I’ve never liked the term “health food,” which I believe is marketing code for “stuff that tastes pretty awful, but is supposed to be good for you, although there’s scant evidence that suffering through it will benefit you at all.” To me, if it doesn’t taste good, it isn’t food; if it isn’t food, it can’t be a healthy thing to eat.
Unfortunately, the reverse isn’t always true. In this epoch of our evolution, if something tastes good, there is no guarantee it’s even food, let alone healthy. We have food science and the industrial revolution to thank for that—as well as for the often misleading, weirdly redundant term “health food.”
Let’s face it, most of us eat because we’re hungry, and we prefer food that tastes good because it’s more fun to eat than food that doesn’t. Health is almost always an afterthought, if we think about it at all. But we have taste buds and a highly refined olfactory sense for good reason. Two reasons, actually: one, to help us identify what’s good to eat (and in the old days to help us track it down and kill it), and two, so we can enjoy eating it.
Sadly, we’ve become disconnected from the hunting and gathering of our food, so we rely heavily on corporations to do all this for us. And we don’t pay them only for that. We also pay them for processing our food—for the “value added” that distinguishes one corporation’s product from another’s. This wouldn’t be a problem, especially considering the great convenience it affords us, if it weren’t for what it costs us, the loss—both in nutrients and genuine flavor—which is the unspoken “value subtracted” associated with processed food.
Food science has enabled modern food producers to use artificial flavors, fillers, and various techniques, to create the illusion of something good to eat—what we’ve evolved to recognize as good to eat—and apply it in the design of their vaguely foodlike products. You can’t really blame them on one level--the low level of financial success—they’re just doing their best to generate a highly addictive, expendable product from the cheapest ingredients possible. On every other level, however, they are the mortal enemies of health, decency, and civilization itself. Sounds pretty awful, perhaps hyperbolic, but it’s true.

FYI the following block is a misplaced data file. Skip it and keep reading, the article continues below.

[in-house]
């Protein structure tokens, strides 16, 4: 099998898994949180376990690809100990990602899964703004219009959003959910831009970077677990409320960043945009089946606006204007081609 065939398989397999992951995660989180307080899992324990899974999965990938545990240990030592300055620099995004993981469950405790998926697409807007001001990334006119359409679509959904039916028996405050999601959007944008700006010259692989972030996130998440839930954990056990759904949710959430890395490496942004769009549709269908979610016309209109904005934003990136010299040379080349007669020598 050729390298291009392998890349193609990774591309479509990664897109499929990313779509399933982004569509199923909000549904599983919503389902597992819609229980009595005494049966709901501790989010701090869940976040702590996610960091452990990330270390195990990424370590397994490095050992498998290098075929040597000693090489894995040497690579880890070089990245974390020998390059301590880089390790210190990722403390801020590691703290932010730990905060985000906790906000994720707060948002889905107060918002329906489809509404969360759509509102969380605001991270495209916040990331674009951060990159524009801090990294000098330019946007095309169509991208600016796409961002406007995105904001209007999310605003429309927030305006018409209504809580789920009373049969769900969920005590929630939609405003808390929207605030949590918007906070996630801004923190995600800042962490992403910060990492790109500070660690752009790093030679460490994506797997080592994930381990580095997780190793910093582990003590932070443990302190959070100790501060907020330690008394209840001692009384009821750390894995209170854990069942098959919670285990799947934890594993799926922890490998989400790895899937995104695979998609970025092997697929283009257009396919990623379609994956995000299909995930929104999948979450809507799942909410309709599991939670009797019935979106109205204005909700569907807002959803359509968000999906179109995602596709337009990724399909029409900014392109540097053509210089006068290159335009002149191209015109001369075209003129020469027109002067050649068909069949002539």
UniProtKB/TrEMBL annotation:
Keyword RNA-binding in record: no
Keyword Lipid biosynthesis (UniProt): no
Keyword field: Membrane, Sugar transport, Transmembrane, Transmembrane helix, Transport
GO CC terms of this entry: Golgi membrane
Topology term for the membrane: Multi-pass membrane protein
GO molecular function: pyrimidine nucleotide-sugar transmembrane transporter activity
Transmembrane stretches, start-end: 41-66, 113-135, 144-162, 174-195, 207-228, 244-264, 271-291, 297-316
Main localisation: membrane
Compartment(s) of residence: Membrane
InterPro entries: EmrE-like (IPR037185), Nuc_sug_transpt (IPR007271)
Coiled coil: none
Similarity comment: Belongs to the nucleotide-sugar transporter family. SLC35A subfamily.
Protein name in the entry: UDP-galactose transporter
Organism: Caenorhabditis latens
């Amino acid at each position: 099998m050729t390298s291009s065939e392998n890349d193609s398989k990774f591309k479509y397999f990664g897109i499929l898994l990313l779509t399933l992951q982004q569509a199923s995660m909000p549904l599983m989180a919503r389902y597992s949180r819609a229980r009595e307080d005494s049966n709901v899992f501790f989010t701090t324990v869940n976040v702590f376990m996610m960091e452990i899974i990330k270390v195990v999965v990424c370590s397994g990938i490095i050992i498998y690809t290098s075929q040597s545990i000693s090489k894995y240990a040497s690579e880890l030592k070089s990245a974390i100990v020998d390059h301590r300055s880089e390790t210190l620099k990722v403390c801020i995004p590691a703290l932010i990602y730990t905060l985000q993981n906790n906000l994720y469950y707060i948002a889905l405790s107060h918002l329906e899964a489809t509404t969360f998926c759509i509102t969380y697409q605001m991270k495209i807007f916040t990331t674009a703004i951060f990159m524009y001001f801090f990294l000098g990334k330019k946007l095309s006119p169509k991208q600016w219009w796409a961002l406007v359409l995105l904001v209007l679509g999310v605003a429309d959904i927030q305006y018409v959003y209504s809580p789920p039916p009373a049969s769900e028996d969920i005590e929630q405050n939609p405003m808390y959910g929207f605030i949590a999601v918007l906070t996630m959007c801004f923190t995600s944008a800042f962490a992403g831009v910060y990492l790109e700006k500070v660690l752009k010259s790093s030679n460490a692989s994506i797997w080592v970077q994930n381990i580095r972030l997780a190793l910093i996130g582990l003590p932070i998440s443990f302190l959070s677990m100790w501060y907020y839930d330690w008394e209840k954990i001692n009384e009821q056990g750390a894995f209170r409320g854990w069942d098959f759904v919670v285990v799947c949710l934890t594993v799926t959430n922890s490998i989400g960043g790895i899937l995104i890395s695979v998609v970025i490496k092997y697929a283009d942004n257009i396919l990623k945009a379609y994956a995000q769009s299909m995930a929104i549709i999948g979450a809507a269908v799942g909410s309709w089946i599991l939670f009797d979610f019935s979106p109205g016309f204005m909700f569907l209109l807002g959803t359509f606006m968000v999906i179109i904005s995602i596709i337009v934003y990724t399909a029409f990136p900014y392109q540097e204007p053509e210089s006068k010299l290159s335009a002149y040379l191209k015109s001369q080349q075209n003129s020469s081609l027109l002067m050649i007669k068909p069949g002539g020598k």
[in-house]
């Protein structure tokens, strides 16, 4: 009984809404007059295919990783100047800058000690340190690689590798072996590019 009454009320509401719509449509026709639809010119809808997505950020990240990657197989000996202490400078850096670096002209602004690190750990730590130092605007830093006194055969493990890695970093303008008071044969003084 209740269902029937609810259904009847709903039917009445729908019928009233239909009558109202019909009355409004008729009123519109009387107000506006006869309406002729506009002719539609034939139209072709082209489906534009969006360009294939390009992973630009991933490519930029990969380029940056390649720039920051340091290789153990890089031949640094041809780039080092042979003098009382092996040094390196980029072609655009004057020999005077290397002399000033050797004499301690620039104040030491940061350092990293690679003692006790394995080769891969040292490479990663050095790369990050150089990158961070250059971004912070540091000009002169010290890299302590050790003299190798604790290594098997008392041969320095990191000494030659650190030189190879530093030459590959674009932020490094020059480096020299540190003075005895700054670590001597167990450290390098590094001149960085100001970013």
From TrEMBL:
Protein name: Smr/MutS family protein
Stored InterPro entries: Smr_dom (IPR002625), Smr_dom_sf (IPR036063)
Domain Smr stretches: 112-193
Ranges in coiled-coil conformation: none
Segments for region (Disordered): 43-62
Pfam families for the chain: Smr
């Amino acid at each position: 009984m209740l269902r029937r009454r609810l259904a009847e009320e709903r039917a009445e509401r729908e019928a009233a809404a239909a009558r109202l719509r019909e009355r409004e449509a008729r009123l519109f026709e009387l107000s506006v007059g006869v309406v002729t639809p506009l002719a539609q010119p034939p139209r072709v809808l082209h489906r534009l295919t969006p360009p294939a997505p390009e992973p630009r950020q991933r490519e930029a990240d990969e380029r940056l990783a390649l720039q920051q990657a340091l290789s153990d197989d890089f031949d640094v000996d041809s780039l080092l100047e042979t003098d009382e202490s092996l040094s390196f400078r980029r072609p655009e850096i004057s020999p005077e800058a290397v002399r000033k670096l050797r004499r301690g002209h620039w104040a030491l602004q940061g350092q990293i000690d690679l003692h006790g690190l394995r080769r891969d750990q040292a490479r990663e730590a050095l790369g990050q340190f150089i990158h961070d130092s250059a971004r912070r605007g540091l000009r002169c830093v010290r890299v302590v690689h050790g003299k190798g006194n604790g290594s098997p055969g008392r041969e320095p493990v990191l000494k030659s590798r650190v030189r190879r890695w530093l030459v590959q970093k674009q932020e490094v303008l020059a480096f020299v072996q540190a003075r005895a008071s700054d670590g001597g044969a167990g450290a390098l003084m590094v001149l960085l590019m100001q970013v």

I submit that as human beings we need to wake up, recognize that we’re being sold fake food, with manufactured flavors, and to choose real food, with naturally occurring flavors.
It would be too much to ask of anyone to resist the addiction to unhealthful food while maintaining the habit of eating it. We need to break the habit, stop indulging in unnatural food, and demand natural, fresh, whole, organic food. We need to support genuine farmers who grow according to the systems and biodiversity of nature, because they are our sole source of real food.
Flavor is paramount in our survival, because it both guides us in our food choices, and rewards our effort with pleasure, without which we would surely lose interest. But this “wise-and-kind-Creator-given” talent of selecting healthful foods based on the joy we get from them only works when we place natural food before it. Only then can this uncanny ability truly compare apples to apples and oranges to oranges, and select the best for us.
Imitations can fool our senses, trick our brain, and addict us to substances that do us harm even as we get pleasure from eating them. And the supermarket aisles are jammed with bar-coded items far removed from nature, made with deceptive, degraded materials. Consuming many of these products, especially consuming them exclusively, is demonstrably harmful to human health, environmental health, and the future of food itself.
This is crucial information for us to have, because only when we understand that we’re being deceived in ways that directly harm us, can we begin to make conscious choices that benefit us.